The program places motivated undergraduates in the middle of board rooms in the heart of some of the country’s most dynamic cities, swapping business cards with its top talent. Trips include tours of agencies and organizations, coaching in professional development and Q&A time with industry tycoons. Like Emma, not every student is ready to step right into a career in that environment—few students are. So, the Industry Immersion student leadership team prepares them by developing itineraries that introduce participants
to company cultures, city life and a variety of roles.
“Once students are accepted for a trip, we work with them to make sure that they’re ready,” said Ellora Lalla, the director of professional development on the Industry Immersion student leadership team. “We coach them on how to act in professional settings, ask strategic questions, tailor their resumes, professionalize their social media and craft their elevator pitches.”
The result? Students march into well-known, global companies such as Disney, Ketchum, Edelman, Google and Time, Inc., with poise and determination. By the trip’s end, students have a pile of business cards, traction for their career and a supercharged mission upon returning to campus. Some students have even landed jobs and internships on the spot.
“After Industry Immersion trips, every student has a story,” said Dr. Litsa Rivers, Director of Experiential Learning and Outreach at C&IS. “The stories aren’t all the same, but they all include an element of self-discovery, either defining exactly what they want their career to be or learning that they should pursue a different path. Both are equally valuable.”
Industry Immersion participants visit with C&IS alumni such as Graham Flanagan
at Business Insider and Mary Buzbee at Lewis Communications.
These trips serve to complement the educational process. Students who are actively learning about the full spectrum of communication in their courses are transported beyond the university setting to witness the environment firsthand. The textbook skills and fundamentals take on a new and deeper meaning as they see it, feel it, reflect on it and experience it with their peers.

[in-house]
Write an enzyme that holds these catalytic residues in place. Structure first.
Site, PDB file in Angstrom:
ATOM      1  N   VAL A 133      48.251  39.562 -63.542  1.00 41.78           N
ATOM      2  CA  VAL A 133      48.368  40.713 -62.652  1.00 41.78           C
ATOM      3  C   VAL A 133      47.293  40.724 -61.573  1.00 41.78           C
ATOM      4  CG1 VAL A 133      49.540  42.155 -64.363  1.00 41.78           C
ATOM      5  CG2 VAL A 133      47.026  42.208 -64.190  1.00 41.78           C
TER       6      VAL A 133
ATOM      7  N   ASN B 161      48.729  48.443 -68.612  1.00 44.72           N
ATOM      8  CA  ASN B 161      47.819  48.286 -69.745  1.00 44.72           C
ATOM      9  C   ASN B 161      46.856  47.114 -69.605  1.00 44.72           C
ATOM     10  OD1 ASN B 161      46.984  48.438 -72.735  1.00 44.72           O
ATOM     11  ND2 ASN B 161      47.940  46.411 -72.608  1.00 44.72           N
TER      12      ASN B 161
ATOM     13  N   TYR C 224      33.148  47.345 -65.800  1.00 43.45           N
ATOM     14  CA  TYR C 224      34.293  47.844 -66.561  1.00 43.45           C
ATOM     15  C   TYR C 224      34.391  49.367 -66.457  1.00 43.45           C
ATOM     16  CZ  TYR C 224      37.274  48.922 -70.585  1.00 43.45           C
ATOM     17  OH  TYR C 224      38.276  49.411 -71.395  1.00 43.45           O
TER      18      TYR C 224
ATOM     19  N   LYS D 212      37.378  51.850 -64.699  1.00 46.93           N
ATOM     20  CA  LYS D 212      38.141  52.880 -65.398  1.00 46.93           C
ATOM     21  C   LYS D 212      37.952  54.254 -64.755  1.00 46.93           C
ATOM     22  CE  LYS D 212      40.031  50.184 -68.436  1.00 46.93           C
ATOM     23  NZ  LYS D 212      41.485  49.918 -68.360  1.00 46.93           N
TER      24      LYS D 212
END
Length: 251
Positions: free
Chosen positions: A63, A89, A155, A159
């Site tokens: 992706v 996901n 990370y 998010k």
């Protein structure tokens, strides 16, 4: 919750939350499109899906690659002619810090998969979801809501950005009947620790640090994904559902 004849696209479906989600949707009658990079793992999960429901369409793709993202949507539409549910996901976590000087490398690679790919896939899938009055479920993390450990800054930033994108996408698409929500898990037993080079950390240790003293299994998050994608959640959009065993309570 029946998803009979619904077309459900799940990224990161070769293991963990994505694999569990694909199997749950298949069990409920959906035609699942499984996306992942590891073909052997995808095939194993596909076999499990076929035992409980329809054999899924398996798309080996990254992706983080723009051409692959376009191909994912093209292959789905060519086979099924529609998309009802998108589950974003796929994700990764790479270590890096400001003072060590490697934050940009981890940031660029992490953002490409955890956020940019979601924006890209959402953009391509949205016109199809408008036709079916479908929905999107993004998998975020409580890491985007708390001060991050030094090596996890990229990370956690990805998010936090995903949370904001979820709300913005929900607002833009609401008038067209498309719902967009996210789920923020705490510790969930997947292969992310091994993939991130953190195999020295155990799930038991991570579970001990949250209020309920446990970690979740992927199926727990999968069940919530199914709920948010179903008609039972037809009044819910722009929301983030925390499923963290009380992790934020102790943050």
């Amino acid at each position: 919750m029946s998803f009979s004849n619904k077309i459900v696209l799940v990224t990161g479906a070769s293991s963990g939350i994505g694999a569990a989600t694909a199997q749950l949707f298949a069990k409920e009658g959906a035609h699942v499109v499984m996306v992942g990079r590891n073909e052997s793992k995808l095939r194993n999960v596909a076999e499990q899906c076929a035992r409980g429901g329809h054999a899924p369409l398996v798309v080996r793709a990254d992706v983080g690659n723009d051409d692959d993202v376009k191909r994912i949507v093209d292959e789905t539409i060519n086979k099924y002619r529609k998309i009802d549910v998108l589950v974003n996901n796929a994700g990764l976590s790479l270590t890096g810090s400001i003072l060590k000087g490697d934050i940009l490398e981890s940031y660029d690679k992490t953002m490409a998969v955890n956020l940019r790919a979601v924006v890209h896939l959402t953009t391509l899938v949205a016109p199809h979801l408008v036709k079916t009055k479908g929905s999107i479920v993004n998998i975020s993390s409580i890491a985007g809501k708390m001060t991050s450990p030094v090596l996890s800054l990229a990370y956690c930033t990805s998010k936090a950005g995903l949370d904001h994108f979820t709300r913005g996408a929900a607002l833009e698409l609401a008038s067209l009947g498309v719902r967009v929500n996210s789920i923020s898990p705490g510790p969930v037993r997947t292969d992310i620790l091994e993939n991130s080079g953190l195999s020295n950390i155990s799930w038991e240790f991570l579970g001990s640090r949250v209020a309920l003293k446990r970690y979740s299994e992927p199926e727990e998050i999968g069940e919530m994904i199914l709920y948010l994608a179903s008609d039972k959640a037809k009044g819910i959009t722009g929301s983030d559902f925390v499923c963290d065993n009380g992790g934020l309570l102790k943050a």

As a C&IS Board of Visitors member and longtime advocate and host of Industry Immersion, Lindsay Garrison believes in the value of this transformative student experience. As proof of her dedication, Garrison spearheaded a Board of Visitors endowment of $100,000 to help create more opportunities for all C&IS students to participate through scholarships.
“The benefits of Industry Immersion go well beyond networking. They help students truly envision their careers
in the rapidly evolving field of communication,” said Garrison, senior vice president at Edelman. “Meeting with alumni in their work environment gives students invaluable context to what they’re learning in the classroom.”
For each trip, the eight members of the Industry Immersion student leadership team craft a unique experience for the participants, including a thorough orientation to the city and a detailed outline of the companies they visit. The participants who engage in the meetings, strive to make connections and follow up with them after the program tend to see opportunities open up in their search for internships and jobs. At the very least, their confidence and competence equip them to pursue those opportunities on their own.
Two years after that first plane ride, Emma now serves as the current president of the Industry Immersion student leadership team. She admits she still gets butterflies in her stomach as she steps into those high-profile meetings with industry superstars. But overall, her experience with Industry Immersion has been transformative.
“I’ve gained so much from being involved in Industry Immersion,” Emma said. “I have a newfound confidence going into meetings, my resume and elevator pitch are stronger, and I feel very capable asking critical questions
and interacting with professionals.”
It’s easy to see Industry Immersion participants walking the halls at some of the nation’s most impressive companies and imagine what’s next. Years from now, students like Emma Adcock will welcome a new generation of University of Alabama up-and-comers into their board rooms and be a part of the process that introduces these students to the kind of careers their future holds.